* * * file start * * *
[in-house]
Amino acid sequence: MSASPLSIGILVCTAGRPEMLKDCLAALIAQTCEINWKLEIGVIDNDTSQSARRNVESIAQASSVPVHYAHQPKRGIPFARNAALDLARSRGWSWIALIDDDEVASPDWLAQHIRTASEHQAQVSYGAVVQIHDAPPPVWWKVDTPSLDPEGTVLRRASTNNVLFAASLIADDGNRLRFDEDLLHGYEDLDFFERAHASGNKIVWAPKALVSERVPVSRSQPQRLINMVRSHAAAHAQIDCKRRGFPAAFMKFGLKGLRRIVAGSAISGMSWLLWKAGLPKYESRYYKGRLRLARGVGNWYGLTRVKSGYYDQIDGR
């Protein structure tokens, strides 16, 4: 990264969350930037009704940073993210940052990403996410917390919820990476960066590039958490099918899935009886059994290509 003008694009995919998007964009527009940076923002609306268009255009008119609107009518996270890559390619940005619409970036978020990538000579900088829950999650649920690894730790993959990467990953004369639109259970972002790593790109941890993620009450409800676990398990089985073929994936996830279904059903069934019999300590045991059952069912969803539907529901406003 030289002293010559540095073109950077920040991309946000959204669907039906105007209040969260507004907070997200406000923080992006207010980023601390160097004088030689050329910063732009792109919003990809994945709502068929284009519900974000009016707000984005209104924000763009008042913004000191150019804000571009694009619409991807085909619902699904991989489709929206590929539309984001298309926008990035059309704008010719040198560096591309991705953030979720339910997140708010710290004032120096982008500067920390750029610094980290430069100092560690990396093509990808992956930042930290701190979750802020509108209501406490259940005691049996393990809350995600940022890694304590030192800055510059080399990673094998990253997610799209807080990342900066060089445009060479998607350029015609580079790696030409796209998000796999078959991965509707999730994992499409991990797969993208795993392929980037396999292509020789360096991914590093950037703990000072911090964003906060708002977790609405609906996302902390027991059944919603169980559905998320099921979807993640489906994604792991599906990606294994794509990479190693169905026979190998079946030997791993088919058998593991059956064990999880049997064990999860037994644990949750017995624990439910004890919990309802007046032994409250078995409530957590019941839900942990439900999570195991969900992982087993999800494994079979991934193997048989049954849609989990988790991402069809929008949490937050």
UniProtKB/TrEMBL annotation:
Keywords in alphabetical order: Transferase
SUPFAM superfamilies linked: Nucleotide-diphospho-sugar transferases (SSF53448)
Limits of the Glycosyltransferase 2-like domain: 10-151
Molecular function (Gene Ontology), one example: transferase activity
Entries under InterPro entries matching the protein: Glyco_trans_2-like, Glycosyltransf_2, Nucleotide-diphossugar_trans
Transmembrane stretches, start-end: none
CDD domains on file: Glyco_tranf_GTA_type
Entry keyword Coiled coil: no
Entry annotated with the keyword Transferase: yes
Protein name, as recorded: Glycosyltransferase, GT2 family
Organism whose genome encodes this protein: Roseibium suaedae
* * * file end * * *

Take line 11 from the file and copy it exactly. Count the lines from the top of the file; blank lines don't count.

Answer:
CDD domains on file: Glyco_tranf_GTA_type